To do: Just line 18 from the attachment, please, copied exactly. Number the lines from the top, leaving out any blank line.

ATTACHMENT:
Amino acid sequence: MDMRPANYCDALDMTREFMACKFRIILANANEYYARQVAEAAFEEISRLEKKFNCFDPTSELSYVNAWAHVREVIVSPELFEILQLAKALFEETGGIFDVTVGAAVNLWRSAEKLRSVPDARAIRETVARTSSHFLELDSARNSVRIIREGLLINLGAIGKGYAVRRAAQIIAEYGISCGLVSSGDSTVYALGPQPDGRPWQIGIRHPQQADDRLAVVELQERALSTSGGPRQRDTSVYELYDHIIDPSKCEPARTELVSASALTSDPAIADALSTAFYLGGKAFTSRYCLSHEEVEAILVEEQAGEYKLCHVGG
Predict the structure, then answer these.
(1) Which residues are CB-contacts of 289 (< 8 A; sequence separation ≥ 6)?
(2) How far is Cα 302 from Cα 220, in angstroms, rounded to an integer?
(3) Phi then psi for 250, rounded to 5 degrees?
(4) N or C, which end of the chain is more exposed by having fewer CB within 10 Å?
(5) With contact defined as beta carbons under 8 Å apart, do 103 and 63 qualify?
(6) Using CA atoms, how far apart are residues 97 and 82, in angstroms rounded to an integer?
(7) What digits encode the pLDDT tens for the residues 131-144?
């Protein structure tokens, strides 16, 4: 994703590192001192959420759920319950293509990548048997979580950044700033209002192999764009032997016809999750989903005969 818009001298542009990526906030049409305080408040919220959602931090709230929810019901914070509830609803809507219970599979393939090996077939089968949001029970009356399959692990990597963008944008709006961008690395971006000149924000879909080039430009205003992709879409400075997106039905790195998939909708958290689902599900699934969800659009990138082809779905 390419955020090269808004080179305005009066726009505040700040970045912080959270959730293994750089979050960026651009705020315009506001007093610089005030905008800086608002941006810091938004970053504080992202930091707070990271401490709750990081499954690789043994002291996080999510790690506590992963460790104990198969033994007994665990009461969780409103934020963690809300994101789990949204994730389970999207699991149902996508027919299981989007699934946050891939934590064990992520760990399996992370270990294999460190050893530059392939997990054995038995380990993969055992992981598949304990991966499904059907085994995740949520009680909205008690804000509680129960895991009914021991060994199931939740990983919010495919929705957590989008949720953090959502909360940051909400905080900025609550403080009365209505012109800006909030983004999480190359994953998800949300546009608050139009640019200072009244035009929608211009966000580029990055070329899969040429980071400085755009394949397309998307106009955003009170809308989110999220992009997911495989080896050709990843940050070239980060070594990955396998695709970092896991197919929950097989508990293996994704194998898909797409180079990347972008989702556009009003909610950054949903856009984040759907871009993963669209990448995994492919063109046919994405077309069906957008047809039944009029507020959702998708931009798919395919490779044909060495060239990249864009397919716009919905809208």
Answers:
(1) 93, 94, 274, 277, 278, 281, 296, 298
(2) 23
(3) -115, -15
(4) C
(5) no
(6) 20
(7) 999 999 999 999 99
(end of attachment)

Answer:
(7) 999 999 999 999 99